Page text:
Oh, yeah, I'm not quite right. I need to find a way to extract the hate, the rage, the anger, the hurt, the sadness, the depression, and the overwhelming sense of disappointment that I feel toward the world. I need to shed all of this anger, all of this emotion, all of this negativity. I need therapy.
I started therapy as soon as I could. EMDR commenced about two months later. I was apparently not ready for EMDR yet. I needed to be calmed first. I needed to feel comfortable in my new environment - back in the U.S. - where I was assured of my safety, but I wasn't convinced. How could they know? I now knew - you cannot predict when or if these things will happen. I was convinced that the world was a dangerous place.
"Here", take these in your hands. My therapist handed me two plastic, oval-shaped pieces connected to cords that were hooked to a black rectangular-shaped plastic box. She, then, handed me earphones. It looked like a 1990s walkman with two microphones. She, then, explained the gig. She would slowly sway her index finger back and forth in front of me, and I was expected to follow the motion of her finger with my eyes. While following her, I was supposed to imagine my incident - the entire 45-minute scene from start-to-finish.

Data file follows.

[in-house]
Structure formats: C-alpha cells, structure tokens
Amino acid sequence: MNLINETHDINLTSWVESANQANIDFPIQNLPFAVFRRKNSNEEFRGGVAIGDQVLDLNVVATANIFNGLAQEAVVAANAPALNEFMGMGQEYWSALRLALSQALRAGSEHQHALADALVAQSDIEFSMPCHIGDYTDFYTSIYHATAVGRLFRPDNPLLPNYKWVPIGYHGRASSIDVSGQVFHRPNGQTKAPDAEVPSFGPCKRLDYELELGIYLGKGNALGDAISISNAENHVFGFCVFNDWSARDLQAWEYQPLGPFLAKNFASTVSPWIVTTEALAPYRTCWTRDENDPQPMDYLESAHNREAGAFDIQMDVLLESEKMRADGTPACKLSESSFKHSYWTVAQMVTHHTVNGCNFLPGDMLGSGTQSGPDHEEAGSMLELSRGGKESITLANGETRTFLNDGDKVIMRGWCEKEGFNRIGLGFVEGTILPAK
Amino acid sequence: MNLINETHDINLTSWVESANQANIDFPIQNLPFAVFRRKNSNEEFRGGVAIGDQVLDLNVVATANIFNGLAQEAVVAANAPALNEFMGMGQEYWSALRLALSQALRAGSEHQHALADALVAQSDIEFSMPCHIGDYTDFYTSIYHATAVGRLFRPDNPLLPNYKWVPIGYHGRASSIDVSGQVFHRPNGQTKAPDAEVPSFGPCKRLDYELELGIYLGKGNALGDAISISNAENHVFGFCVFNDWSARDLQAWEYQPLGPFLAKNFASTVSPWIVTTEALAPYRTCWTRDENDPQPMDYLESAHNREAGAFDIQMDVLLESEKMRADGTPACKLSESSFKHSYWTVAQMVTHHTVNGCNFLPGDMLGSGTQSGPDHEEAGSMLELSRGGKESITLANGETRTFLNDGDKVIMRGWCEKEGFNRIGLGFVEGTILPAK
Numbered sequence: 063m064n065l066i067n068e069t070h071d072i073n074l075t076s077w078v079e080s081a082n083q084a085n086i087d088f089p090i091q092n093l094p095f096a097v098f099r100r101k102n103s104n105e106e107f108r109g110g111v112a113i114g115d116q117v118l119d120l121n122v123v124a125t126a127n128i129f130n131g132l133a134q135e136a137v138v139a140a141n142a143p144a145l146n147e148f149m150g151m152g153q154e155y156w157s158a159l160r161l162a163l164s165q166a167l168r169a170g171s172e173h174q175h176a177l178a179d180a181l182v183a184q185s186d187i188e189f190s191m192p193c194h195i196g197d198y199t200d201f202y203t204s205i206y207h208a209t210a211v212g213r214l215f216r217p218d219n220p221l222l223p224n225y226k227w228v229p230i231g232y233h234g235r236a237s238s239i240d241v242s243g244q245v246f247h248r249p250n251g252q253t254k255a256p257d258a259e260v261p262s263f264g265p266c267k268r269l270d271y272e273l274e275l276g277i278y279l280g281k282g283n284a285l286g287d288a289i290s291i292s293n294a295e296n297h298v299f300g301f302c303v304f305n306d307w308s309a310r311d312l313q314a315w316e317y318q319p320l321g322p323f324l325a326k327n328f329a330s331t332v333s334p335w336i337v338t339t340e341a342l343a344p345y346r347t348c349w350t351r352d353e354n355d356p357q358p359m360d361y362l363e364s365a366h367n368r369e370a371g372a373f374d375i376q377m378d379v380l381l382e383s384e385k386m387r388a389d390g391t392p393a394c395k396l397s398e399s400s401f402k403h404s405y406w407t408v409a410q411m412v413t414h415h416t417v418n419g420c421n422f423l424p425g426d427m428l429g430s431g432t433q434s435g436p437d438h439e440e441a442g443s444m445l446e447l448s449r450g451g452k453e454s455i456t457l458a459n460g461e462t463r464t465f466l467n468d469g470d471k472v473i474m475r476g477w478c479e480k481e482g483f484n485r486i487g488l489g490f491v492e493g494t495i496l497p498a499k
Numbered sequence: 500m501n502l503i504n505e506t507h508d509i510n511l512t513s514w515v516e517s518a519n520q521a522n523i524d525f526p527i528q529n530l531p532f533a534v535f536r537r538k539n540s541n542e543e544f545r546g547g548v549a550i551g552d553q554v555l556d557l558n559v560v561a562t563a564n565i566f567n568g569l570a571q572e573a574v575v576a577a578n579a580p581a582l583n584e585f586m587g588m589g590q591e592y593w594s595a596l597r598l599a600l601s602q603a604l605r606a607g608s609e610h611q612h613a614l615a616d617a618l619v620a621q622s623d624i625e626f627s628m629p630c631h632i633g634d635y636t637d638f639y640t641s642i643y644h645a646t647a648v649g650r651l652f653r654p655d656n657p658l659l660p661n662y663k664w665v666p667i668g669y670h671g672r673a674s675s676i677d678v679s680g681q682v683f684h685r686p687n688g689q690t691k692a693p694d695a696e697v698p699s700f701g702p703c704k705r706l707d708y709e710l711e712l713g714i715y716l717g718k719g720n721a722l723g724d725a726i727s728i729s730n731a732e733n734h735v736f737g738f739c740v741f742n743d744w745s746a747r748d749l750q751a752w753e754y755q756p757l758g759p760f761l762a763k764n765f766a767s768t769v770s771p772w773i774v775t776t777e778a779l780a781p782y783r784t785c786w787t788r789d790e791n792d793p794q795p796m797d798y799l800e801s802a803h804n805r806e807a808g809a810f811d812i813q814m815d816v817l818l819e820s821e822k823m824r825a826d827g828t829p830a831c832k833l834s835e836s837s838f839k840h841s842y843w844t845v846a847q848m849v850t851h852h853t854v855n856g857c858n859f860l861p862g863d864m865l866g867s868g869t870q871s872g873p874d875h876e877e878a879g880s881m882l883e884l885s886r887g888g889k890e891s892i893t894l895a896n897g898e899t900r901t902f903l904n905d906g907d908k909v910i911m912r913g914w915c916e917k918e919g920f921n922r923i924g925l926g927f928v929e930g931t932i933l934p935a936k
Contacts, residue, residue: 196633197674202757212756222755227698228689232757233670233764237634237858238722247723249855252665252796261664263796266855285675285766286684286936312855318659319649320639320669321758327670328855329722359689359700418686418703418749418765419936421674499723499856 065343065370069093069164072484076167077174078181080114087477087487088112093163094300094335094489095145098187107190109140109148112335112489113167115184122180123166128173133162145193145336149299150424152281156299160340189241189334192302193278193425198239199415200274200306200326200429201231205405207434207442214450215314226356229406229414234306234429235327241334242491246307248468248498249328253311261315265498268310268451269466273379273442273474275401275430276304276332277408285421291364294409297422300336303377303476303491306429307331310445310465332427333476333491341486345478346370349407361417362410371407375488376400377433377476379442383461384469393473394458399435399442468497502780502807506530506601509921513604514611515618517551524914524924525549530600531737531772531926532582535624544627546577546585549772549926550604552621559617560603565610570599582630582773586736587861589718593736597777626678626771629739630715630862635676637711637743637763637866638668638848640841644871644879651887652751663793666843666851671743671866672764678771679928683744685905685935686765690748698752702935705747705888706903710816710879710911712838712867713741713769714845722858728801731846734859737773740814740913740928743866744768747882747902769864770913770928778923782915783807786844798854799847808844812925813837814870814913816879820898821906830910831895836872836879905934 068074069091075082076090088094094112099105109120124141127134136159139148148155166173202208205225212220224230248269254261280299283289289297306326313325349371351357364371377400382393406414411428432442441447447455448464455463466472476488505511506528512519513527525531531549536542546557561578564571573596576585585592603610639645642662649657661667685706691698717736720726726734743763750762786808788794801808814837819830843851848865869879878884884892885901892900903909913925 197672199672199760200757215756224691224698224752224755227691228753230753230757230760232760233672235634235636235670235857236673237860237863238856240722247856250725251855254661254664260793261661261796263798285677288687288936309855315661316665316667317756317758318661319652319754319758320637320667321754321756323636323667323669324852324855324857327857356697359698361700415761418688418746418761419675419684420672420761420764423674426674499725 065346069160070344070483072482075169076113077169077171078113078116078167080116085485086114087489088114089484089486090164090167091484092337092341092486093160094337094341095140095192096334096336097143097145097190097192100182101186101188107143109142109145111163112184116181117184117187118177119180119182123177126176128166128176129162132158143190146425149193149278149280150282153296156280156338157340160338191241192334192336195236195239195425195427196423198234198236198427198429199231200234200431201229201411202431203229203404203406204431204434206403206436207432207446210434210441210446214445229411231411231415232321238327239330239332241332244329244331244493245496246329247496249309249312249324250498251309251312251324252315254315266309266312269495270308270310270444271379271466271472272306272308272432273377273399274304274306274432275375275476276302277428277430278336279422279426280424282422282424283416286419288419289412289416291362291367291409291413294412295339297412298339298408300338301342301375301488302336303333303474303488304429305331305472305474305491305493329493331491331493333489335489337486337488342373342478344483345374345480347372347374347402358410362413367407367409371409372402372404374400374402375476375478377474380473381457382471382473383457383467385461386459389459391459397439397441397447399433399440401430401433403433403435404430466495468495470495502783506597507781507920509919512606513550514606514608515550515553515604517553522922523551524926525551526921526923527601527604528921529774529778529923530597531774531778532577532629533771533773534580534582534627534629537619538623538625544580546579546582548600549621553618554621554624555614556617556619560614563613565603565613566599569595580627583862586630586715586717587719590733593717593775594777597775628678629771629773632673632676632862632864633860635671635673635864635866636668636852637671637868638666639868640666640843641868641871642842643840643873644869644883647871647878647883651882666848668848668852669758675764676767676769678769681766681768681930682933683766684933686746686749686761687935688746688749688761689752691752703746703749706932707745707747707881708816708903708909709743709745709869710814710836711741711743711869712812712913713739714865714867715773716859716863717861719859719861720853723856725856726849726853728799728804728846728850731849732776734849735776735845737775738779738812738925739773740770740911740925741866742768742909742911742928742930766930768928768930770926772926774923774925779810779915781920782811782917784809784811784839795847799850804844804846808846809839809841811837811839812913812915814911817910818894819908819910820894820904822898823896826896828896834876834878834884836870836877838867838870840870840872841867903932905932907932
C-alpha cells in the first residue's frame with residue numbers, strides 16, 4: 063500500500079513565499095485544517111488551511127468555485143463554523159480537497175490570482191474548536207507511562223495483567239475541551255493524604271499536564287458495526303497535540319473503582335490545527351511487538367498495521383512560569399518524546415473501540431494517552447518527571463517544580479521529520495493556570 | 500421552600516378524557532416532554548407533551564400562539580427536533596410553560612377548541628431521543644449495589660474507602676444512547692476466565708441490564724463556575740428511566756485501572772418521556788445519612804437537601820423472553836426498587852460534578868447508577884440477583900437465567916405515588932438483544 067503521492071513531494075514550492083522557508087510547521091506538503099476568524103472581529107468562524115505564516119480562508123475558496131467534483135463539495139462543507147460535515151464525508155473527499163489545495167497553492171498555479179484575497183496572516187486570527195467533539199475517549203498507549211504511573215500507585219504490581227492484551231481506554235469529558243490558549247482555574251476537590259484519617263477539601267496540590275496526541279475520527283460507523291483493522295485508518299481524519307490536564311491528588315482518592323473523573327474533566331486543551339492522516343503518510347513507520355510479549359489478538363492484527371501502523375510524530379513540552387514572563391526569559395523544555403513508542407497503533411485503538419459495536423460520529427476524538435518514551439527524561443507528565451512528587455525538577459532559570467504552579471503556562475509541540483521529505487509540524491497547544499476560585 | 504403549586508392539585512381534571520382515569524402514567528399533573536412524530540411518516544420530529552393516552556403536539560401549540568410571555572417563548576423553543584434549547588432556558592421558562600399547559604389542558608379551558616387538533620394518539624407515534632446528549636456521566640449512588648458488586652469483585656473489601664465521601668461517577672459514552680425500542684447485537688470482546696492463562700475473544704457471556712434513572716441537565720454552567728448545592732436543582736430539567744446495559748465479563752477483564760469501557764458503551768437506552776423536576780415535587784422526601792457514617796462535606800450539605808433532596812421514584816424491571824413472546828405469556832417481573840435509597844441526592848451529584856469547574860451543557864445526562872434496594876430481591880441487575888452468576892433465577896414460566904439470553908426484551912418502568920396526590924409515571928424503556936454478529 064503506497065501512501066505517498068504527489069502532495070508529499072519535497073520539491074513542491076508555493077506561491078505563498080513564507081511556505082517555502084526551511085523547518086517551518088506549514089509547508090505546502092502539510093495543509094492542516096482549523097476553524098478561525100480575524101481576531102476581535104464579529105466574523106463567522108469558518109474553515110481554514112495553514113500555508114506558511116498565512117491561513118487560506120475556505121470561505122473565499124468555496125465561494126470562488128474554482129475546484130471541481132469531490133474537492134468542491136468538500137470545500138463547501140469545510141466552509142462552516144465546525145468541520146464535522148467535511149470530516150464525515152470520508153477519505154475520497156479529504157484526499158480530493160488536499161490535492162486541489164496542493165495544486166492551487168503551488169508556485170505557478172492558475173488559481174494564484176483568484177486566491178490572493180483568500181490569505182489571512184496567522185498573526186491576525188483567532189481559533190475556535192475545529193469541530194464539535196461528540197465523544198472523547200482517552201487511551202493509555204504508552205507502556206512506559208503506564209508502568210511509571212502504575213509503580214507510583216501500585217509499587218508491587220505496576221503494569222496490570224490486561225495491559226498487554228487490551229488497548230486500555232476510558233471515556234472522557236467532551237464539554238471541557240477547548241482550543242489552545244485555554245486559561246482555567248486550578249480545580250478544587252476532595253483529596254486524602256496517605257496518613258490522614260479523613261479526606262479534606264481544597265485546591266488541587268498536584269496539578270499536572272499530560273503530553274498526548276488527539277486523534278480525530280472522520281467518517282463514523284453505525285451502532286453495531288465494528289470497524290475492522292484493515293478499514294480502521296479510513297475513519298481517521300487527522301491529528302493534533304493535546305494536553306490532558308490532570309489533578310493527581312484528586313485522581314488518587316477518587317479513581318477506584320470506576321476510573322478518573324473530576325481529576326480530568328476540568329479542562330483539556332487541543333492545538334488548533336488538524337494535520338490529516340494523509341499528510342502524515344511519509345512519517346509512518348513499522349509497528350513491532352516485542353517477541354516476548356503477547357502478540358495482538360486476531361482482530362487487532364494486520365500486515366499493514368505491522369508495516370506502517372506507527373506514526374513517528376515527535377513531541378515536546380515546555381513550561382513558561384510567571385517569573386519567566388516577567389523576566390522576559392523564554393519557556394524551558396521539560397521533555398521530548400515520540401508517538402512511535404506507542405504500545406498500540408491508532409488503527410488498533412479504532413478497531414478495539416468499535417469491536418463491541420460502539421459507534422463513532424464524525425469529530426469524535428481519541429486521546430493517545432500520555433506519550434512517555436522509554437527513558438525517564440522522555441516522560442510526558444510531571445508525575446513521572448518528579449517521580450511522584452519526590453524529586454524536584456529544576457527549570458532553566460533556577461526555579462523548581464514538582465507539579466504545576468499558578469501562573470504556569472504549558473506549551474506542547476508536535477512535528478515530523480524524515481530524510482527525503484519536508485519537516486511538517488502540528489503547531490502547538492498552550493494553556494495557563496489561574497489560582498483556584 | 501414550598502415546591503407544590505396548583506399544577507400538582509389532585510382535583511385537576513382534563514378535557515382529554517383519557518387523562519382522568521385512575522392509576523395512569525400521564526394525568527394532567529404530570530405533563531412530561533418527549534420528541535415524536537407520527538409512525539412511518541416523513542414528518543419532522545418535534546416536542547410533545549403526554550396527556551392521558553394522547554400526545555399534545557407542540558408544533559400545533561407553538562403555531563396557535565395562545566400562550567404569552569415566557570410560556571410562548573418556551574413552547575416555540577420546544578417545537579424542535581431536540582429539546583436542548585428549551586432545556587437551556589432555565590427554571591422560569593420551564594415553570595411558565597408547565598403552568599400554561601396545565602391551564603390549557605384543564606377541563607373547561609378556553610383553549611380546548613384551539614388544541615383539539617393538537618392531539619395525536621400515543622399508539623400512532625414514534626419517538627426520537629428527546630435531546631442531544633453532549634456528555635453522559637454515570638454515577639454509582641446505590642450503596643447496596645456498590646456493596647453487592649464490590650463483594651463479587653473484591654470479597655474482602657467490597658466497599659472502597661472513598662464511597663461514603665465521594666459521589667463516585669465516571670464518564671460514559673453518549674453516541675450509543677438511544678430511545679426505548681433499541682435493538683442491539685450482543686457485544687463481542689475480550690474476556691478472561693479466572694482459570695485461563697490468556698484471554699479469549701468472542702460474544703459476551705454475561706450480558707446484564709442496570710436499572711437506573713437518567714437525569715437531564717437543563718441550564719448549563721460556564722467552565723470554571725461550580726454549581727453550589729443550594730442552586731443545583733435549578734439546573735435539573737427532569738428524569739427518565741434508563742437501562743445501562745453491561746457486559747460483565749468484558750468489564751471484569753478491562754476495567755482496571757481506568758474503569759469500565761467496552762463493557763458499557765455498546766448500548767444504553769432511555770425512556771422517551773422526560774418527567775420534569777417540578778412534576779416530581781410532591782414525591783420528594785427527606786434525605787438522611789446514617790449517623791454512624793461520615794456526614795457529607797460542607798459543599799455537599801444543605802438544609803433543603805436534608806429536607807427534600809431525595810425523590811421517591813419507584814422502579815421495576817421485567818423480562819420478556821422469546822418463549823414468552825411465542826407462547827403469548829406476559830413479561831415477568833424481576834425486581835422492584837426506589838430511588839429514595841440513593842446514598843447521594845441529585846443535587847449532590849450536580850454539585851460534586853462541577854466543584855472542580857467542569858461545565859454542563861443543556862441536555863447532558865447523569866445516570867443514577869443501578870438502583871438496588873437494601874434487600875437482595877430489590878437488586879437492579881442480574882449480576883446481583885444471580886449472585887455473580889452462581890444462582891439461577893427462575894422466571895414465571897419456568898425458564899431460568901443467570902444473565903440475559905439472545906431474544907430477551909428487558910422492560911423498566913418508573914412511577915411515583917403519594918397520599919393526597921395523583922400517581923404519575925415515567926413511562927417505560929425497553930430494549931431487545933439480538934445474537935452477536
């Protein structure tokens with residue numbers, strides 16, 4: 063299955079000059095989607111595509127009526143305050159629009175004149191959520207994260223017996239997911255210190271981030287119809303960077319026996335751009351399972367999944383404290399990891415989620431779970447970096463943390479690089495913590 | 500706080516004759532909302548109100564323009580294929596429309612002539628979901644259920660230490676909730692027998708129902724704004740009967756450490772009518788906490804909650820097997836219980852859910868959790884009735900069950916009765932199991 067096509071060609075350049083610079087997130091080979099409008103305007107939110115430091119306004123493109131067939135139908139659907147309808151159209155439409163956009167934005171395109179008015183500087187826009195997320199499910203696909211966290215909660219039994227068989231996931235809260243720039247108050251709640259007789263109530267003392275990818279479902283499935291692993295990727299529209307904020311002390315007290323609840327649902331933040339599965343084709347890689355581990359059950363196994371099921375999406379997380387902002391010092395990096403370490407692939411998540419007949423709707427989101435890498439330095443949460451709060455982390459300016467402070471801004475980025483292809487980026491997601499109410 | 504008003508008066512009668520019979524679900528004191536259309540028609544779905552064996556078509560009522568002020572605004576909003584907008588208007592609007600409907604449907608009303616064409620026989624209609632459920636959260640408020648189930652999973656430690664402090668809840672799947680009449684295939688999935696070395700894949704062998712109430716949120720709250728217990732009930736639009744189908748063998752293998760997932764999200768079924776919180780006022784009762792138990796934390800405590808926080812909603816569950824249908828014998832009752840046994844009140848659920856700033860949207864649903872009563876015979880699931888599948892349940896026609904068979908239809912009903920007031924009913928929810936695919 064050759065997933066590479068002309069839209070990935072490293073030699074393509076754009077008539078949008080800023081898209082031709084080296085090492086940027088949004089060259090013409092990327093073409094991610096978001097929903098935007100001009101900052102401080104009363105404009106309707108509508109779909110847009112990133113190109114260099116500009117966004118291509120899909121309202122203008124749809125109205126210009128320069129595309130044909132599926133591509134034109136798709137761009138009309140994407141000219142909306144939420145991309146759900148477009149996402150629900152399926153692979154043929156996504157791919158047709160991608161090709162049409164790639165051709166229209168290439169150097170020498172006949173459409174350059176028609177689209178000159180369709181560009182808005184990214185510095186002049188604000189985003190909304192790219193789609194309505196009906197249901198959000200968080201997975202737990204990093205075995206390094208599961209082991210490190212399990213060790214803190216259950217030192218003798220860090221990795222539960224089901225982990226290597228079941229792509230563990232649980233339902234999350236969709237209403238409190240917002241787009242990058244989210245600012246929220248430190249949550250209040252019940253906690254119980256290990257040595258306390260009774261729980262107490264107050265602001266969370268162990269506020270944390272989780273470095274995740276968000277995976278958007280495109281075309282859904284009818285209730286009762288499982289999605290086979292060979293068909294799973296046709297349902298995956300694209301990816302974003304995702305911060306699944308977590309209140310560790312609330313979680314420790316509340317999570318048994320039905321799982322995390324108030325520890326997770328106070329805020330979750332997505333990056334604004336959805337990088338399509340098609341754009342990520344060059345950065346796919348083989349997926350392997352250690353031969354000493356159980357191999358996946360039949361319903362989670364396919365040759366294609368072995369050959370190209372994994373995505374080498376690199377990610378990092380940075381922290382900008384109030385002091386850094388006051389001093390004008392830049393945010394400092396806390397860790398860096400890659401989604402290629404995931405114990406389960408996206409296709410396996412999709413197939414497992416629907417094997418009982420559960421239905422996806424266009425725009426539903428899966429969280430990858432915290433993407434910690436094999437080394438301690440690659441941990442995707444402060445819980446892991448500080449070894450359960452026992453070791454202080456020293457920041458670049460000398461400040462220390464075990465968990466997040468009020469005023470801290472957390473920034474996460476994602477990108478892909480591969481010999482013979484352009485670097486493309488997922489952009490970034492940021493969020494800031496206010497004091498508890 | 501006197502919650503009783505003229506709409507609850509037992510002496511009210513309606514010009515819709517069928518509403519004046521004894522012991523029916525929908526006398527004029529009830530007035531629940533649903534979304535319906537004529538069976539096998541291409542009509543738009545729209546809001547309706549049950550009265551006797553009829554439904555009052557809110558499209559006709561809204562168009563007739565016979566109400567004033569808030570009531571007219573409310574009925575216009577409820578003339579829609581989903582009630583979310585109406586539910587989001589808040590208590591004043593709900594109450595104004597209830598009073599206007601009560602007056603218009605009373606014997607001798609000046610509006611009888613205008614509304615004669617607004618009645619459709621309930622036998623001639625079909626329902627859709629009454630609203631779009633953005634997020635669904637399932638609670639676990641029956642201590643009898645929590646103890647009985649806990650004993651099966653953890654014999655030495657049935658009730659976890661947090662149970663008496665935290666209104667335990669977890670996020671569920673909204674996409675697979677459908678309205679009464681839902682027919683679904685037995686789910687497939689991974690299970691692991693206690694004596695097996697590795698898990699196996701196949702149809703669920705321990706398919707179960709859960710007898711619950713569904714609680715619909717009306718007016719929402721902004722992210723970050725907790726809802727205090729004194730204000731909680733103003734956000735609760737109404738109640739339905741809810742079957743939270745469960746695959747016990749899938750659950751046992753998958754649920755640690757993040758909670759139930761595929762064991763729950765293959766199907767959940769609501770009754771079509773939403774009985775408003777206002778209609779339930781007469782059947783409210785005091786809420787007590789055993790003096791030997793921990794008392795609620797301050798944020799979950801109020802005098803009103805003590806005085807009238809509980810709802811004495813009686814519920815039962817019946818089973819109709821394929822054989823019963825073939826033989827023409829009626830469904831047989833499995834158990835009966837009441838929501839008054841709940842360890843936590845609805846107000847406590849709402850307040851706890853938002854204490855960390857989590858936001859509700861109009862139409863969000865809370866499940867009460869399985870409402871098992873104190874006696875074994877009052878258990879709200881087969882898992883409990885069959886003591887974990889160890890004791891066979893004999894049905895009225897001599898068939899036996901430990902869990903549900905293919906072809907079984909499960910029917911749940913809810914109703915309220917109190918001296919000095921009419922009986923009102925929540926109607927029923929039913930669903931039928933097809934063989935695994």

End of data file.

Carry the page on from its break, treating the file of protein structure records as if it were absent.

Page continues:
That was the goal but, especially in the beginning, I couldn't even bring myself to think about the incident. I would either stare off into space, thinking about something else or thinking about nothing else. Sometimes, I would think about how ridiculously stupid EMDR was. I would fill up with rage, wondering why in the hell I was sitting in this therapy office instead of back in the field where I wanted to be.
Oh, yeah, I'm not ready. There's a reason why I'm here.
Other times, I would break down sobbing or screaming - crying about how my life had ended the moment a group of hooded, masked men kicked down my door or screaming about how much I hated them, how much I hated those who were meant to come to my aid but, instead, left me sitting alone for 7 hours while I waited to be rescued.